Although he is only 34, Sary Hany already has a big career behind him. Guitarist and music producer, he founded Key66 productions in 2014: the first music and sound production studio in Cairo. A way to expand the boundaries of his music for TV ads, movies but also for artists in Egypt.
If you are familiar with TV commercials in Egypt or Lebanon, you might have already heard the sounds of Sary Hany. Well known in the Middle East, we can find among his creations numerous TV spots for Coca Cola, Vodafone, the Egyptian Ministry of Tourism, MTC Lebanon or even the famous telecommunications brand Du in the UAE. A work that has been locally and internationally recognized throughout different advertising competitions such as MENA Crystal, Dubai Lynx, New York Festival and the Cannes Lions. But far to restrain his passion for music at the only doors of the advertising world, he also put his talents to the service of the cinema industry as well as famous Egyptian artists like Zap Tharwat.
You started navigating in the music field at a very young age. What brought you to play music?
Me playing music was a lucky coincidence, I was 9 and we were having a family gathering when my cousin brought a guitar. He was showing us what he achieved practicing the last two months. I asked him if I could try, and it took me a couple of minutes to play what took him two months to play. My parents and everybody around were so surprised, that the same day my family bought me a guitar and a week later I started my first guitar lessons. One year later, I was playing my first concert in front of a big audience. Because I was more interested in rock music, I bought my first electric guitar at the age of 14 and formed my first band one year later. We played in all talent shows, night clubs and available venues and magazines here in Egypt started to write about us. Unfortunately, things slowed down when I went to college, I started giving all my time to studying architecture, but after 3 years of studying my passion for music making took over again, and from this day on I didn’t stop making music again.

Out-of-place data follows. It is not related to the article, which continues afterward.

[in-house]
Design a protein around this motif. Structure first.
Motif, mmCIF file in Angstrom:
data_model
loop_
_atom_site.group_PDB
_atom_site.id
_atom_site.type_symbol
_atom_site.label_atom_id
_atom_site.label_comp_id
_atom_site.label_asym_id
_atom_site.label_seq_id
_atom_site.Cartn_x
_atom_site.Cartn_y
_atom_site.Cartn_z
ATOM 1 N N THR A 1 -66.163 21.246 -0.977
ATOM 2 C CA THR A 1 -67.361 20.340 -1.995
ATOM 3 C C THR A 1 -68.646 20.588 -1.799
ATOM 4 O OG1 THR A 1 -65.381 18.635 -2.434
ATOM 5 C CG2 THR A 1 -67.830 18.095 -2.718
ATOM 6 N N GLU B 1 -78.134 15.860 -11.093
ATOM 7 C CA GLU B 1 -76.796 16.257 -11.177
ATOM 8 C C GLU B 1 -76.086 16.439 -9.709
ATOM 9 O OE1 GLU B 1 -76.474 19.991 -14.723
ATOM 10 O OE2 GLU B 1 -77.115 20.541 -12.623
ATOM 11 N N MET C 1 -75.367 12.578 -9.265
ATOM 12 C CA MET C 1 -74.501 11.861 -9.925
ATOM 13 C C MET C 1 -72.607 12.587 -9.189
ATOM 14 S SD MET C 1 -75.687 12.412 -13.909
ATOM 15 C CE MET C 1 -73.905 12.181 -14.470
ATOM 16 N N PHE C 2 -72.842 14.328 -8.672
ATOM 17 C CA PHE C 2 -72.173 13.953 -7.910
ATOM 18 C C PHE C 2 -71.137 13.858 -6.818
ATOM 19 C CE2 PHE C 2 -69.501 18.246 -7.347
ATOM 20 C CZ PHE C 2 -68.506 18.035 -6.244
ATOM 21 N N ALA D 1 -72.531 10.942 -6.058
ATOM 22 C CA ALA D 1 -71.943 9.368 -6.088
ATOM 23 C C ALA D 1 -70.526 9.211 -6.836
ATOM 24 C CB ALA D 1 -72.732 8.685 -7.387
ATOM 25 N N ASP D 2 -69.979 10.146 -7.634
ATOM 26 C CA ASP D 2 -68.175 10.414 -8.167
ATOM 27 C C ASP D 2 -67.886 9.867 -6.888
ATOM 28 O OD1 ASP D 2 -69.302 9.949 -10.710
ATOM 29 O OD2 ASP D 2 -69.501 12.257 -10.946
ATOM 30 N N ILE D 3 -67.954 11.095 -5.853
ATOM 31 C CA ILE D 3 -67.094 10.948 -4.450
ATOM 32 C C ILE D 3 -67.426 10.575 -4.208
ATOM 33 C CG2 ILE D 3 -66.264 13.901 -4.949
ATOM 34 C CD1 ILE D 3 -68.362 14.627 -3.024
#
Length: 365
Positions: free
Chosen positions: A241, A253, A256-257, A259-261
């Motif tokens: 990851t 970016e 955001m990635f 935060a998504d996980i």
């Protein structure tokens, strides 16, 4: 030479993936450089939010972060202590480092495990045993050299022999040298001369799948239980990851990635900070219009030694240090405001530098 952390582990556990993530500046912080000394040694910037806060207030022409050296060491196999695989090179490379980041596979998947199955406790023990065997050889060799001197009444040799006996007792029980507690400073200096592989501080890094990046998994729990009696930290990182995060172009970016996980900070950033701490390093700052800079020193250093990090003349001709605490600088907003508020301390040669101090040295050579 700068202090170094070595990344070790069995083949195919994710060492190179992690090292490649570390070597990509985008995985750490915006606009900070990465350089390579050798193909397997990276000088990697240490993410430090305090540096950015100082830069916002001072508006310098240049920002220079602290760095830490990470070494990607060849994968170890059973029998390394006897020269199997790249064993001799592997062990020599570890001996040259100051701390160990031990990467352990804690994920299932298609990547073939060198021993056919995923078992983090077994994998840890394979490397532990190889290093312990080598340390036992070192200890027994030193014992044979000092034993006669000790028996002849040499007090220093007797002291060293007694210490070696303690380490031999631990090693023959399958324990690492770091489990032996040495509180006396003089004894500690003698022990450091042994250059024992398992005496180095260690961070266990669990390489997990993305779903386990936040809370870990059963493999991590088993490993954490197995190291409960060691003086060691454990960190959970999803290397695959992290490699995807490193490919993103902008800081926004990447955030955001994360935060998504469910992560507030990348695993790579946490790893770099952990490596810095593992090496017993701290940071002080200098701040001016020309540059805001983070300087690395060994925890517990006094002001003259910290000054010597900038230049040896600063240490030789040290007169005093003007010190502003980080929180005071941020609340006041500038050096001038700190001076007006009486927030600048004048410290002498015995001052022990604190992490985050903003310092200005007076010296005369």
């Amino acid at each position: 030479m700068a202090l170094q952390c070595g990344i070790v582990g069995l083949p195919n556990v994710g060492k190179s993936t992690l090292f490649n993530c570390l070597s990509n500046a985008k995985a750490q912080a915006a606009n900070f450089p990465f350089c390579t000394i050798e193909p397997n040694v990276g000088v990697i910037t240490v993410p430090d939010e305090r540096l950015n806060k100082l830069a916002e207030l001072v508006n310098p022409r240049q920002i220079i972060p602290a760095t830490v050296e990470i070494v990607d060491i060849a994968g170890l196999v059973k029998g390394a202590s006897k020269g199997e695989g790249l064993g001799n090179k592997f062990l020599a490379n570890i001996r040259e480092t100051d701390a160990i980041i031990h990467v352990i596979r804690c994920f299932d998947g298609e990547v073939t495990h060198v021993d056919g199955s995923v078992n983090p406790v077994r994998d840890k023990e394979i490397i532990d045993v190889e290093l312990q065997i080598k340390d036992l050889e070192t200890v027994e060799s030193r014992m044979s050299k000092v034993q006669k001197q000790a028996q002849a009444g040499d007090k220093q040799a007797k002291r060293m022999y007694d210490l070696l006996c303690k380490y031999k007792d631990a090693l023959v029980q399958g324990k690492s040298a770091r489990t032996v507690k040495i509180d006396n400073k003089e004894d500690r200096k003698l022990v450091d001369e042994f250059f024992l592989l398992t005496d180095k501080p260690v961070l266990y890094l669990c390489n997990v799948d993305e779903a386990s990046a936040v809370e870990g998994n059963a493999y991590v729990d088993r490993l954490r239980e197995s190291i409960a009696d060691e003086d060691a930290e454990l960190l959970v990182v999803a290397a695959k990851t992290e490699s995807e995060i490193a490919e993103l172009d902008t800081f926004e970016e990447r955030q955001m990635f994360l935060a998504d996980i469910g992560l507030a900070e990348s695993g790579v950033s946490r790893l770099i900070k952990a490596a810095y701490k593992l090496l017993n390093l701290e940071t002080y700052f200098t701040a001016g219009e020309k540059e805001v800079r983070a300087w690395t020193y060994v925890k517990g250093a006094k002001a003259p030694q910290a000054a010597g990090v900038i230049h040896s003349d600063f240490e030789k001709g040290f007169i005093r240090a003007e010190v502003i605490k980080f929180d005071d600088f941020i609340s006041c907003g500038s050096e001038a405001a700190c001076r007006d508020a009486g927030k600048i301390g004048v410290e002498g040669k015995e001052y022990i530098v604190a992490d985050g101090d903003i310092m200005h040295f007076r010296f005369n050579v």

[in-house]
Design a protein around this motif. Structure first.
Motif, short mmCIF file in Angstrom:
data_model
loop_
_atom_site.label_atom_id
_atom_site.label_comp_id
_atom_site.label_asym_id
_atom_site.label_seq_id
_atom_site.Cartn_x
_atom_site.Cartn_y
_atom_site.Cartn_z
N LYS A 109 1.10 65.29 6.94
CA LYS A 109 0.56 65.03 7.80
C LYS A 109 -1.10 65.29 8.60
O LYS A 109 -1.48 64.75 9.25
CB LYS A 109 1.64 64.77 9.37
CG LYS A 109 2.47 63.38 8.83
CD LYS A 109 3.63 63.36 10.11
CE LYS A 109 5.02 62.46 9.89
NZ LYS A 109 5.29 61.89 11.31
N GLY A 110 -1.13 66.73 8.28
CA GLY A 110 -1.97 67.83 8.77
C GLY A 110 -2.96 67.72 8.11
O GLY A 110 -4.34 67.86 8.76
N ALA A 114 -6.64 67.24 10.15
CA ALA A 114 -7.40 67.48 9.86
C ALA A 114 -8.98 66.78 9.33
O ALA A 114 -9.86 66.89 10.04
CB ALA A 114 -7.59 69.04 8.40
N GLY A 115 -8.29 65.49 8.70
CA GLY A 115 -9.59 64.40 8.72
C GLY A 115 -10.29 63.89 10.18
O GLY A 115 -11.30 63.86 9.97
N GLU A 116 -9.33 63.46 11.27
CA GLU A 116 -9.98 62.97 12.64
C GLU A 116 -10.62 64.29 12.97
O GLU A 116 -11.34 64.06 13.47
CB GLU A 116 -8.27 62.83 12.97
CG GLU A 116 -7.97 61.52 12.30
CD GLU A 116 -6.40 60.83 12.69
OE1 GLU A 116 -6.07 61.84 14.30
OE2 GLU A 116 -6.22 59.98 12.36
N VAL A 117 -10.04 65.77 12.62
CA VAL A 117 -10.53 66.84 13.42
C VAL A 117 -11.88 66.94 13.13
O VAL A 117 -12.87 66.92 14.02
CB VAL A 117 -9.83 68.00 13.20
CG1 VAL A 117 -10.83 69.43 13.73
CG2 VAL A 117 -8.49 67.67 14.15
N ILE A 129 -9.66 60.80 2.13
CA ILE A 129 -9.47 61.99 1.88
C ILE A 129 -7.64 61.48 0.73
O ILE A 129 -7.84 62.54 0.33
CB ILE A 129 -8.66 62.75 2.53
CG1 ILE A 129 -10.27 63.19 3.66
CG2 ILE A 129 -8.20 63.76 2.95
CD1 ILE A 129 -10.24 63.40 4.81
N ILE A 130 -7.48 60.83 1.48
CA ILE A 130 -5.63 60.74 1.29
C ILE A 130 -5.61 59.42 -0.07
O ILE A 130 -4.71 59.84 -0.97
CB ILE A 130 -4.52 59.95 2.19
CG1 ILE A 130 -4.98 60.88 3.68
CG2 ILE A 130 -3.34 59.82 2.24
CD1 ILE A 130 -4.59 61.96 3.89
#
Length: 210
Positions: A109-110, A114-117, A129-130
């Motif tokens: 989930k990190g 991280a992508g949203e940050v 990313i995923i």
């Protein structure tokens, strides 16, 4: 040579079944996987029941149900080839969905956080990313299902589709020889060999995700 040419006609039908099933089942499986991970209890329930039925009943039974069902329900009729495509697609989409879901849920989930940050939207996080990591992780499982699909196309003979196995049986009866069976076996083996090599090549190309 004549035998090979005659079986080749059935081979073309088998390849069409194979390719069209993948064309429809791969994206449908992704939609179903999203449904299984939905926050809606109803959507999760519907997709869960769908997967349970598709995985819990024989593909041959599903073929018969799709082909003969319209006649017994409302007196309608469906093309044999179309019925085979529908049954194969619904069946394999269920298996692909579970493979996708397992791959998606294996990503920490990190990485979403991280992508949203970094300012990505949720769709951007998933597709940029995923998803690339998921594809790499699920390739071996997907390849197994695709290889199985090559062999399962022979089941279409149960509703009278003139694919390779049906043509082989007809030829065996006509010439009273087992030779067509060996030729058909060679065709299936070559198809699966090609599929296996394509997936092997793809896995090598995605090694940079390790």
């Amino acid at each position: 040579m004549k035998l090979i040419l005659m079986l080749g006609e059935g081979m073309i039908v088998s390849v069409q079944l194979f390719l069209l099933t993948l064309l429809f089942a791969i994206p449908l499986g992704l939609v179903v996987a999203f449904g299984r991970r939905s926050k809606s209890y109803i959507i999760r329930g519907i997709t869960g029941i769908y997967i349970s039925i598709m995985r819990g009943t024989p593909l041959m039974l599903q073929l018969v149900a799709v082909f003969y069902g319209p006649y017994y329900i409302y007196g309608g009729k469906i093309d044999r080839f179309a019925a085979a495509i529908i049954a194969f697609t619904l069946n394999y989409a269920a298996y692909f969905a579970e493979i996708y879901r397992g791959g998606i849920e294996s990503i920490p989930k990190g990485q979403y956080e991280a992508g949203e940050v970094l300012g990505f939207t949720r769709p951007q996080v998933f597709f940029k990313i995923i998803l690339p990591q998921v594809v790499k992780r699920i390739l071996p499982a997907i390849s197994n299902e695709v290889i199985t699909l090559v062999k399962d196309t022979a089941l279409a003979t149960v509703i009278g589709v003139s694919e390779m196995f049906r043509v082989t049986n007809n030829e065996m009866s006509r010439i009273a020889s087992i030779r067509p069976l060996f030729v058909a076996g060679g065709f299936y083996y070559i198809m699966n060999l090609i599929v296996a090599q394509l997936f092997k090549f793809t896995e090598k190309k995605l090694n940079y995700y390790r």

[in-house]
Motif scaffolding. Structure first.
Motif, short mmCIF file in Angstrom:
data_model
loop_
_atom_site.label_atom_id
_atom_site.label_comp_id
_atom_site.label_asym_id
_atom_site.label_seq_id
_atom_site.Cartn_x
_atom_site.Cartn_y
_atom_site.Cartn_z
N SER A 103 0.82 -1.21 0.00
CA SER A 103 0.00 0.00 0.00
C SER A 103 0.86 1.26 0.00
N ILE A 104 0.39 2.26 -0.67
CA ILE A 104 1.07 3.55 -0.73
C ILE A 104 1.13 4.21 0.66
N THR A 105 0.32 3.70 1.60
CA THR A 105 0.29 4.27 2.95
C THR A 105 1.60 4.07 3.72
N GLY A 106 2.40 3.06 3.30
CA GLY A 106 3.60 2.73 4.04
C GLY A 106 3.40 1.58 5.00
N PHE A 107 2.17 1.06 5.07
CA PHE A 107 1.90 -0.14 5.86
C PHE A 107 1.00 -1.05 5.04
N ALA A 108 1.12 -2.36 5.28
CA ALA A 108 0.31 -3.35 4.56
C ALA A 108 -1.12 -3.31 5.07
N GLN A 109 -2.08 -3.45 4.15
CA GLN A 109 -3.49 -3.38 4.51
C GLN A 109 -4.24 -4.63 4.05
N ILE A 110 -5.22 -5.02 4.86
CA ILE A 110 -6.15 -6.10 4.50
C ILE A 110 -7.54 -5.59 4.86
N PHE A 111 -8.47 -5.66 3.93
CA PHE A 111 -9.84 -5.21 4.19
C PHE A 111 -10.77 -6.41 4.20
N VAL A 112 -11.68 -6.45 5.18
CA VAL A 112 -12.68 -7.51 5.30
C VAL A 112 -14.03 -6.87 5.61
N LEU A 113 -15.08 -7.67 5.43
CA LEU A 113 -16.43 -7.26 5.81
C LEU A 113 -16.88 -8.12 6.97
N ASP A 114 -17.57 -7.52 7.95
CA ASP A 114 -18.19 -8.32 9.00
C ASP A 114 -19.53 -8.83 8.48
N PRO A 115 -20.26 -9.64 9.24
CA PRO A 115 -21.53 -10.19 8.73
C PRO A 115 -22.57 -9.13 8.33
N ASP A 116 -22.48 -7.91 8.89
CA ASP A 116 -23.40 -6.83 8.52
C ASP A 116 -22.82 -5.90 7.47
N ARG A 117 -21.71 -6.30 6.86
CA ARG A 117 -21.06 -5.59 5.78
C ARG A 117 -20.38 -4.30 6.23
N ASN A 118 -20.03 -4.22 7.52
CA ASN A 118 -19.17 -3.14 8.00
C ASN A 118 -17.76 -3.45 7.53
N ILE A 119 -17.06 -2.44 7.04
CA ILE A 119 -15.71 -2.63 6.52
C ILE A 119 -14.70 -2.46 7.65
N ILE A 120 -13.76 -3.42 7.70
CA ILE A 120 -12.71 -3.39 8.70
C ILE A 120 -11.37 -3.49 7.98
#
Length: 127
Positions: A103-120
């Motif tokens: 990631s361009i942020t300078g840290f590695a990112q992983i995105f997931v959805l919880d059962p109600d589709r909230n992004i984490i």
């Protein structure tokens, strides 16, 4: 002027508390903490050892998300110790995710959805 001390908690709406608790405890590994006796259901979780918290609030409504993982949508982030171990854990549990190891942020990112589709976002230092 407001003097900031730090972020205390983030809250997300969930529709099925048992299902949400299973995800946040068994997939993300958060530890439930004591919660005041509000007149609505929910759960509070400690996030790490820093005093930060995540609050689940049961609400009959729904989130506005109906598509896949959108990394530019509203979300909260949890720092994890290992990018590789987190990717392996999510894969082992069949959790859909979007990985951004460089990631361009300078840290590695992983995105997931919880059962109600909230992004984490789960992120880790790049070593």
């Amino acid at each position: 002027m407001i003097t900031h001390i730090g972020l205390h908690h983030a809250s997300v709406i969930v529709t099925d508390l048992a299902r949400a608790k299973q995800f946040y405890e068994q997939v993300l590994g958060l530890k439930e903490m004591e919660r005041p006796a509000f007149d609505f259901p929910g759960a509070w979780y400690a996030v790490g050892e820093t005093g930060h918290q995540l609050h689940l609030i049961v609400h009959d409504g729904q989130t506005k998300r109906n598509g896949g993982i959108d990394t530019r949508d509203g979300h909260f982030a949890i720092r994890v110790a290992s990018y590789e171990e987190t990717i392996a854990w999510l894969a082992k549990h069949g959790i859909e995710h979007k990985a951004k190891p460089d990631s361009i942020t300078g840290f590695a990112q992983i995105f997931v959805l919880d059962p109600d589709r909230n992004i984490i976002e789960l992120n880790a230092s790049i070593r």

You’ve started becoming really famous in Egypt and in the Middle East through the music you made for several commercials and especially Coca Cola. How did you get into this industry?
Again, it was a coincidence. I had a dear friend of mine who knew someone at Coca-Cola, and we offered to make music for one of their ads. Then, I started taking phone calls from agencies and production houses to make music for their ads, and to date, I have been and am still working on music for huge campaigns all over the globe.
What is your creative process when you create a sound for a brand?
Actually, that is a very tricky question because this is always very different from one project to another. But my guidelines would be to be part of the team, understand what they are trying to say and the emotion they are trying to convey. The rest is just about enjoying the whole process of making music, sometimes it’s really sincere and at other times it’s just a craft.
In 2014, you have launched Key66production, the first sound music production in Cairo. Can you present it?
Key66production is a company formed by me, my brother who is an incredible music producer, and my wife. We wanted to expand more and make a whole audio suite, where all your audio needs could be found in one place. It can go from overdubs to recording, mixing, Foley, sound design, etc…. We started taking a lot of projects that I alone couldn’t handle, so now we work with a lot of producers. Having all these producers under one roof keeps things fresh and open to new ideas, we are able to share our musical ideas together and be more productive.
You also made the soundtrack of Gaza surf club, a documentary presented at the Toronto International Festival in 2016. How do your work on this type of project?
Everybody loves a good story, and I love to be part of telling the story. Working on a film is like working on a big canvas, unlike a short tv spot for example. So my process here was very different: if I could usually finish 3 ads a day, it took me weeks to find the first note when it came to the film. I took a week just watching the film again and again, and then I worked on putting myself in every character’s situation. I asked myself “which character should I be?”. I couldn’t touch an instrument until I was in the right state of mind and knew exactly what I wanted to say.
What is the most challenging aspect of your career?
The most challenging thing for me is to keep loving what I do and to be able to keep doing it for longer and longer. Every day, I know more about music, but I also figure out that I know nothing at all. That’s a blessing to know that there is always more to learn and this is what makes every project a new challenge for me.